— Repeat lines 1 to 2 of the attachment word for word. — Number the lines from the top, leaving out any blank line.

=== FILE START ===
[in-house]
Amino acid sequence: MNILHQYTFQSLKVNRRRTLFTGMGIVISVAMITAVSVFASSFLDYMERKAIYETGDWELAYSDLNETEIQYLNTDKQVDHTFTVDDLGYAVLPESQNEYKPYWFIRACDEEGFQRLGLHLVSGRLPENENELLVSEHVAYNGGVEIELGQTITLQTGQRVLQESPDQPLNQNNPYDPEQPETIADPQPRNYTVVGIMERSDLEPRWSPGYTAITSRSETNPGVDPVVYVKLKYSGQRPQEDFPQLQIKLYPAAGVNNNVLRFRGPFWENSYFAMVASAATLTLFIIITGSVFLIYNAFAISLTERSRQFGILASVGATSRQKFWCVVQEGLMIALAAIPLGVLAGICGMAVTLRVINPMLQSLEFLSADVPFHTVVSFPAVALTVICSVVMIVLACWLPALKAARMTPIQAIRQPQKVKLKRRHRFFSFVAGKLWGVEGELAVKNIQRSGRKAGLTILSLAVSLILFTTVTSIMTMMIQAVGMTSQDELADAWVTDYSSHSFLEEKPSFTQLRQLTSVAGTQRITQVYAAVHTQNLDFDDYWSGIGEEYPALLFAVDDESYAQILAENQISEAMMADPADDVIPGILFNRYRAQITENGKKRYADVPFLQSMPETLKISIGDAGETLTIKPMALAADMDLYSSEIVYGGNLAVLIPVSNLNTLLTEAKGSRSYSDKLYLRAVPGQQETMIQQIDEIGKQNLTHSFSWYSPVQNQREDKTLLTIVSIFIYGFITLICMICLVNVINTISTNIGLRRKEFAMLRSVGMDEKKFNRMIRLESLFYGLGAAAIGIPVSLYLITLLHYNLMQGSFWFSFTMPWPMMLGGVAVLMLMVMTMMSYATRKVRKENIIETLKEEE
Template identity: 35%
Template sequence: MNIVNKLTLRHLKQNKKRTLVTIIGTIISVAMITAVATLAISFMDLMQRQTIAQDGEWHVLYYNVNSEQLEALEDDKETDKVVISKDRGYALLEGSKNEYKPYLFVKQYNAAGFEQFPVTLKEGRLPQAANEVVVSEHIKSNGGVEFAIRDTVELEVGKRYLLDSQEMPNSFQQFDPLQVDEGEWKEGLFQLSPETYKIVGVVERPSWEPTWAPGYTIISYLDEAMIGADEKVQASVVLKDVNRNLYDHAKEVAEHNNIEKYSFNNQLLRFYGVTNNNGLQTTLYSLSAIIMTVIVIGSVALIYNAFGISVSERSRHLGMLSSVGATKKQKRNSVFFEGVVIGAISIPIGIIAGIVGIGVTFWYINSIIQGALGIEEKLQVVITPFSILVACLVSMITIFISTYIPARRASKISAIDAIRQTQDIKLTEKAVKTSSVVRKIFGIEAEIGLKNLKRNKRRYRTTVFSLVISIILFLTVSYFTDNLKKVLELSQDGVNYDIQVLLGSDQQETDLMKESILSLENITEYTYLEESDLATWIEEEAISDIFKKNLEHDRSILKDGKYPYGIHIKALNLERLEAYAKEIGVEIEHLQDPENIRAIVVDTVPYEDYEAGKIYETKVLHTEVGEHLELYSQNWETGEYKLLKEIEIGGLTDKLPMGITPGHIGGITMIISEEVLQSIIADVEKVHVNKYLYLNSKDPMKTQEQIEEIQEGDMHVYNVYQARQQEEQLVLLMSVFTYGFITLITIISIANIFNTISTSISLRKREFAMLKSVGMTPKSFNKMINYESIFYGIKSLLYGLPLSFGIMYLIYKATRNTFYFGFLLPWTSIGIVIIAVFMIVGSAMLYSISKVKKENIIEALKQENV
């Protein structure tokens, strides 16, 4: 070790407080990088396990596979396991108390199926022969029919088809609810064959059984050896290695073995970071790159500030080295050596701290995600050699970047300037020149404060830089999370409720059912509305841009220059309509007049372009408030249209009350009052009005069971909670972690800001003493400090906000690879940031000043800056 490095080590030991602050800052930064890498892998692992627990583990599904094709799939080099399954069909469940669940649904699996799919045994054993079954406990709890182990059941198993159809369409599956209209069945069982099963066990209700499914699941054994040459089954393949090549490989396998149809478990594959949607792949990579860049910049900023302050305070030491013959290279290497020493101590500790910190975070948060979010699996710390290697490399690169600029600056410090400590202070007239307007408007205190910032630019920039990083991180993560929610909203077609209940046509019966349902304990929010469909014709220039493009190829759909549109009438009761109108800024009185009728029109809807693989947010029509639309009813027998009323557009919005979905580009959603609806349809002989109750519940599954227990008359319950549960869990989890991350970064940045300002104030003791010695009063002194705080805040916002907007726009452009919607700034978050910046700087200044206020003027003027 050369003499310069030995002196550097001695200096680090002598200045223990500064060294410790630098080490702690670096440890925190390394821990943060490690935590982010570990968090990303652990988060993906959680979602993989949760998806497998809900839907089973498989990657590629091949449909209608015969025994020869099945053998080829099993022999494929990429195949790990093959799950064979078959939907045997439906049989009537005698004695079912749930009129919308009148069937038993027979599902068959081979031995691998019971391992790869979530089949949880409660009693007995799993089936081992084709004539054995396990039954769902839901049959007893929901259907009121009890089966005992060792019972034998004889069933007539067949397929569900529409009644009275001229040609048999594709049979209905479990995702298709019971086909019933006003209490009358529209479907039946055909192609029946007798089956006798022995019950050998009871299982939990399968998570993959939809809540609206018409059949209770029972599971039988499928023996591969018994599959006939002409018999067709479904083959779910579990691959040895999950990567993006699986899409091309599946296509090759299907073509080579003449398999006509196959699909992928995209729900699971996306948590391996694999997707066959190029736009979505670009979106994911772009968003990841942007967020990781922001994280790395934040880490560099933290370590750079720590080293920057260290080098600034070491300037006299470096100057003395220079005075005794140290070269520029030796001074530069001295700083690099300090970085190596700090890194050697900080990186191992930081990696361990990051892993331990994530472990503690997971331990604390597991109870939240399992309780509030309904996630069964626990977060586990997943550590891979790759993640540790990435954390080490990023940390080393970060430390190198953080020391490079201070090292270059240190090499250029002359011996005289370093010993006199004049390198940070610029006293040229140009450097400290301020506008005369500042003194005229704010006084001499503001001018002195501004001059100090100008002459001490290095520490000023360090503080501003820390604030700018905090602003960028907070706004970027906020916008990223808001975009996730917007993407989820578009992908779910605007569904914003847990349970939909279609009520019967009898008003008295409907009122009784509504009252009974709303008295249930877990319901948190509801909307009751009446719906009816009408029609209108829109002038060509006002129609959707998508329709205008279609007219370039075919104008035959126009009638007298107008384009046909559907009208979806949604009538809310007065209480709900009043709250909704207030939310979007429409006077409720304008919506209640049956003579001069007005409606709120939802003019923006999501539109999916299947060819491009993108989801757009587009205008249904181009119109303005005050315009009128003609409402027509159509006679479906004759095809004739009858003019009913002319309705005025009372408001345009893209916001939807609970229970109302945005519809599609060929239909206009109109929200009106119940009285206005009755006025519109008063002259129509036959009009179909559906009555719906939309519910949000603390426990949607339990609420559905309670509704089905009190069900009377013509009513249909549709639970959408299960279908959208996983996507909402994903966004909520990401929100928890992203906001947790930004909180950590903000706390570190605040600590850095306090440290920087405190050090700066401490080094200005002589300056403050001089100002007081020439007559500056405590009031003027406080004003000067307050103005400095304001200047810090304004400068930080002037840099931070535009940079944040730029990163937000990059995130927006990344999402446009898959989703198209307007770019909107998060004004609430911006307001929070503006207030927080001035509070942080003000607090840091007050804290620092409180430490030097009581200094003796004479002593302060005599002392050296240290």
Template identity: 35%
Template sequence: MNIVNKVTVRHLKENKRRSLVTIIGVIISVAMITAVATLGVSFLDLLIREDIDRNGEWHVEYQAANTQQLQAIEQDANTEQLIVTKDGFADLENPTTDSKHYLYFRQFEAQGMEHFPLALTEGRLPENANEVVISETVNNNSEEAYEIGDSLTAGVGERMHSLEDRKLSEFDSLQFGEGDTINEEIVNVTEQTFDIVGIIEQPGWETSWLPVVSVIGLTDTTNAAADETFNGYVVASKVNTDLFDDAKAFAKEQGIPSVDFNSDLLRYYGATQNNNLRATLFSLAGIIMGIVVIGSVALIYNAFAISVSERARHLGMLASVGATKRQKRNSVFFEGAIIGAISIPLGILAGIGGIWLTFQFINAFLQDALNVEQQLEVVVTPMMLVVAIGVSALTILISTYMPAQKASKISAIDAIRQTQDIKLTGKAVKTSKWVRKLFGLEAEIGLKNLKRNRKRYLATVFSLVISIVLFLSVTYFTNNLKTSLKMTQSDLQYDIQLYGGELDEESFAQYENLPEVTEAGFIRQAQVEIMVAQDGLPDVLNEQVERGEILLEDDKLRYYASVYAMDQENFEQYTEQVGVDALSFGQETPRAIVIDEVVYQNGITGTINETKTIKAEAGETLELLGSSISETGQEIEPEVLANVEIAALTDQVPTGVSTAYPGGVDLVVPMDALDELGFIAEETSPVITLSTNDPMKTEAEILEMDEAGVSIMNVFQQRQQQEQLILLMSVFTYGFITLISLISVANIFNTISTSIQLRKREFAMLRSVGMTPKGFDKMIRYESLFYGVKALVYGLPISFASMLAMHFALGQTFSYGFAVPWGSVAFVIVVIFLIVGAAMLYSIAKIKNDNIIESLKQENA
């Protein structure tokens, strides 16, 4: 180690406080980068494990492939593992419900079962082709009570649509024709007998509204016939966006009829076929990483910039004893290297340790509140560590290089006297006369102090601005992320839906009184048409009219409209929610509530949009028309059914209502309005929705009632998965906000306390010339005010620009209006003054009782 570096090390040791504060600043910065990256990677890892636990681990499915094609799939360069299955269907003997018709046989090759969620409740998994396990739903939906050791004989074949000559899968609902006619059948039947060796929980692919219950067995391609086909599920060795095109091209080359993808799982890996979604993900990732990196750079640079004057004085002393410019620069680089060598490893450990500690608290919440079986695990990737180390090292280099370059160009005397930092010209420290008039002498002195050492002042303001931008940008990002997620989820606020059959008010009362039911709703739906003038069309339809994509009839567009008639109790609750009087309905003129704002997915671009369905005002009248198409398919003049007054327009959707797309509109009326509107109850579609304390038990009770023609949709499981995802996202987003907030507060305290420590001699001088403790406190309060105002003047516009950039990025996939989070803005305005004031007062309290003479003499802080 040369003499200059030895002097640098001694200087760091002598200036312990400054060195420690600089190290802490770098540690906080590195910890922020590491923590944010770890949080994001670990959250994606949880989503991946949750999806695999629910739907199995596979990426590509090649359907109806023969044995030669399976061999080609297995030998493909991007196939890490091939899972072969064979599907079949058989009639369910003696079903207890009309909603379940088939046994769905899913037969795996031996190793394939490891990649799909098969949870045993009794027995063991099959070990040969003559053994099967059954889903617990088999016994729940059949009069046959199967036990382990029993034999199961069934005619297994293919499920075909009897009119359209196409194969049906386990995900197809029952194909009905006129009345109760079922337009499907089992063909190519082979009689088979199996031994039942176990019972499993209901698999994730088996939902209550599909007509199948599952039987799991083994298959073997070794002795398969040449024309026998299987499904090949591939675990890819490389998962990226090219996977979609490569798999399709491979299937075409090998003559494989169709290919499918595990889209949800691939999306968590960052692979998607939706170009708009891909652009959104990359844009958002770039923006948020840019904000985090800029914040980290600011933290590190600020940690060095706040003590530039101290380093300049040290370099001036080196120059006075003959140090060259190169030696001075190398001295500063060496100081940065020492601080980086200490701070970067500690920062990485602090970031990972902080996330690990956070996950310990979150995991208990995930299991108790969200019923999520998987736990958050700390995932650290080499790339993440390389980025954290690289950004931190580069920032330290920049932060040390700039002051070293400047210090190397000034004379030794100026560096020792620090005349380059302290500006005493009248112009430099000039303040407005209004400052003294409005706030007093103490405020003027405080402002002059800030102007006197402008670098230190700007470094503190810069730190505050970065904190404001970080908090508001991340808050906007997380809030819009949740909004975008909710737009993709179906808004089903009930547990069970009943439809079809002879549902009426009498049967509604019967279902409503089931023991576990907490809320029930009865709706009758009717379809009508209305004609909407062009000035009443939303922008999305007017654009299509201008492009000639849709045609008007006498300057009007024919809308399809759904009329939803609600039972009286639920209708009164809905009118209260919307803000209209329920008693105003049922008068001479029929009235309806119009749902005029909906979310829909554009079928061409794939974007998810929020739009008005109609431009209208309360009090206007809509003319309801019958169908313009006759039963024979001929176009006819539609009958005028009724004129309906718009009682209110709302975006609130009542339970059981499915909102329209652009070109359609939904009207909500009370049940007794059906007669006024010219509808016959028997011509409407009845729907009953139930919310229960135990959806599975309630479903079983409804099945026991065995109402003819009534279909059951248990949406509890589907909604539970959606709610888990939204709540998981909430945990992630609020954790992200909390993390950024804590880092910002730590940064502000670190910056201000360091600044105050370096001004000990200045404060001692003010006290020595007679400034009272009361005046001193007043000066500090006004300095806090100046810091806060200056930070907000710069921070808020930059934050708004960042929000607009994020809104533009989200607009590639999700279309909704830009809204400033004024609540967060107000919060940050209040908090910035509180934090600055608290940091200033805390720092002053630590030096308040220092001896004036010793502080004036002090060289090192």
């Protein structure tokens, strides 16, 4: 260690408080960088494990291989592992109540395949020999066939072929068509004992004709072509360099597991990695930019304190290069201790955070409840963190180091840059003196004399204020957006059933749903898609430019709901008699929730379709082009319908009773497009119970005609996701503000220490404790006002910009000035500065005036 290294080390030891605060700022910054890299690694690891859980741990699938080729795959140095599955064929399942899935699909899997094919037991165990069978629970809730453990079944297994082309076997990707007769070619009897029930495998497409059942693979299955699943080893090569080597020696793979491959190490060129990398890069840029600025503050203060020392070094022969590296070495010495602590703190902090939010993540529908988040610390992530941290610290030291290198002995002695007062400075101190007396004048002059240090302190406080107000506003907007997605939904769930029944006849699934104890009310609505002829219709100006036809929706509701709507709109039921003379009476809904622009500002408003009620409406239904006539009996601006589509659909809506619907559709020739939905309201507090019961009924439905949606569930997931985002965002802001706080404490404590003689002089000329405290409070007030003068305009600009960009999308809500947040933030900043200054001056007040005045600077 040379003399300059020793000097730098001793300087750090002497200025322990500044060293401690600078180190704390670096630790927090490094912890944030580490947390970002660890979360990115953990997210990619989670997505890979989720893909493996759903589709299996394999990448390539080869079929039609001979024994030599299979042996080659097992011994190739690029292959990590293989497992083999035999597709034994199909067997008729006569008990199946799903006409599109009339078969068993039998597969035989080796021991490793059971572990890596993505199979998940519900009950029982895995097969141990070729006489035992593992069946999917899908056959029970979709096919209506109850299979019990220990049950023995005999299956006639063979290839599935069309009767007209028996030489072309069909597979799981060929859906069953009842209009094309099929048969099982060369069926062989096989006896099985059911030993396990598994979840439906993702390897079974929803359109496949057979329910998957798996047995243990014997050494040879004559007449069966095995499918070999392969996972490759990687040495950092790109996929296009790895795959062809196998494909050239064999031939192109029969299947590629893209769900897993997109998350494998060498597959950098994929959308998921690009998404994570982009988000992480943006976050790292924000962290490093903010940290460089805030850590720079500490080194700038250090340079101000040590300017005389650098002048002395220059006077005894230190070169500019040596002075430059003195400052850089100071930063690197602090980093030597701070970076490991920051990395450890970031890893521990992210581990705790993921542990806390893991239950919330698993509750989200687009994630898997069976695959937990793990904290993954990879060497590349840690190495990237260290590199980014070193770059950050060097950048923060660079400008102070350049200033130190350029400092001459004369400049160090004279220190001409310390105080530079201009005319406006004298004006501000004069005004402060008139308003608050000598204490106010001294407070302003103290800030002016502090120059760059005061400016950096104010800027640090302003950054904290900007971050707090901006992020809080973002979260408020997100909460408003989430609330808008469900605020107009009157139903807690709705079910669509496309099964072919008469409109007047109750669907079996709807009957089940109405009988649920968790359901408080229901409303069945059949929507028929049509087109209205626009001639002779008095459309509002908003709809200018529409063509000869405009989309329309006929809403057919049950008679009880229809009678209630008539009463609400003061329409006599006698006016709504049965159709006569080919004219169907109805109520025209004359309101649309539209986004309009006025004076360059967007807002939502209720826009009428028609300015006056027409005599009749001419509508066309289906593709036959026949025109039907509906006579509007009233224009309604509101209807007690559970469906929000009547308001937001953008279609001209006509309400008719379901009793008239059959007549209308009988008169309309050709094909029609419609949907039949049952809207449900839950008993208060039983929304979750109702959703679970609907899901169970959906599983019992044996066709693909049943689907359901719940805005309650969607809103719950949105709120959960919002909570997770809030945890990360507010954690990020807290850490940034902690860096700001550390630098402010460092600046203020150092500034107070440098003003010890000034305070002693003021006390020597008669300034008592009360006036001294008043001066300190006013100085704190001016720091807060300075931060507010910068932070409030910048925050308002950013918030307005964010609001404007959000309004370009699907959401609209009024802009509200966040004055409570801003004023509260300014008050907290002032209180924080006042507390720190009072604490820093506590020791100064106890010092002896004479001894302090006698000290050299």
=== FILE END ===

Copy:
[in-house]
Amino acid sequence: MNILHQYTFQSLKVNRRRTLFTGMGIVISVAMITAVSVFASSFLDYMERKAIYETGDWELAYSDLNETEIQYLNTDKQVDHTFTVDDLGYAVLPESQNEYKPYWFIRACDEEGFQRLGLHLVSGRLPENENELLVSEHVAYNGGVEIELGQTITLQTGQRVLQESPDQPLNQNNPYDPEQPETIADPQPRNYTVVGIMERSDLEPRWSPGYTAITSRSETNPGVDPVVYVKLKYSGQRPQEDFPQLQIKLYPAAGVNNNVLRFRGPFWENSYFAMVASAATLTLFIIITGSVFLIYNAFAISLTERSRQFGILASVGATSRQKFWCVVQEGLMIALAAIPLGVLAGICGMAVTLRVINPMLQSLEFLSADVPFHTVVSFPAVALTVICSVVMIVLACWLPALKAARMTPIQAIRQPQKVKLKRRHRFFSFVAGKLWGVEGELAVKNIQRSGRKAGLTILSLAVSLILFTTVTSIMTMMIQAVGMTSQDELADAWVTDYSSHSFLEEKPSFTQLRQLTSVAGTQRITQVYAAVHTQNLDFDDYWSGIGEEYPALLFAVDDESYAQILAENQISEAMMADPADDVIPGILFNRYRAQITENGKKRYADVPFLQSMPETLKISIGDAGETLTIKPMALAADMDLYSSEIVYGGNLAVLIPVSNLNTLLTEAKGSRSYSDKLYLRAVPGQQETMIQQIDEIGKQNLTHSFSWYSPVQNQREDKTLLTIVSIFIYGFITLICMICLVNVINTISTNIGLRRKEFAMLRSVGMDEKKFNRMIRLESLFYGLGAAAIGIPVSLYLITLLHYNLMQGSFWFSFTMPWPMMLGGVAVLMLMVMTMMSYATRKVRKENIIETLKEEE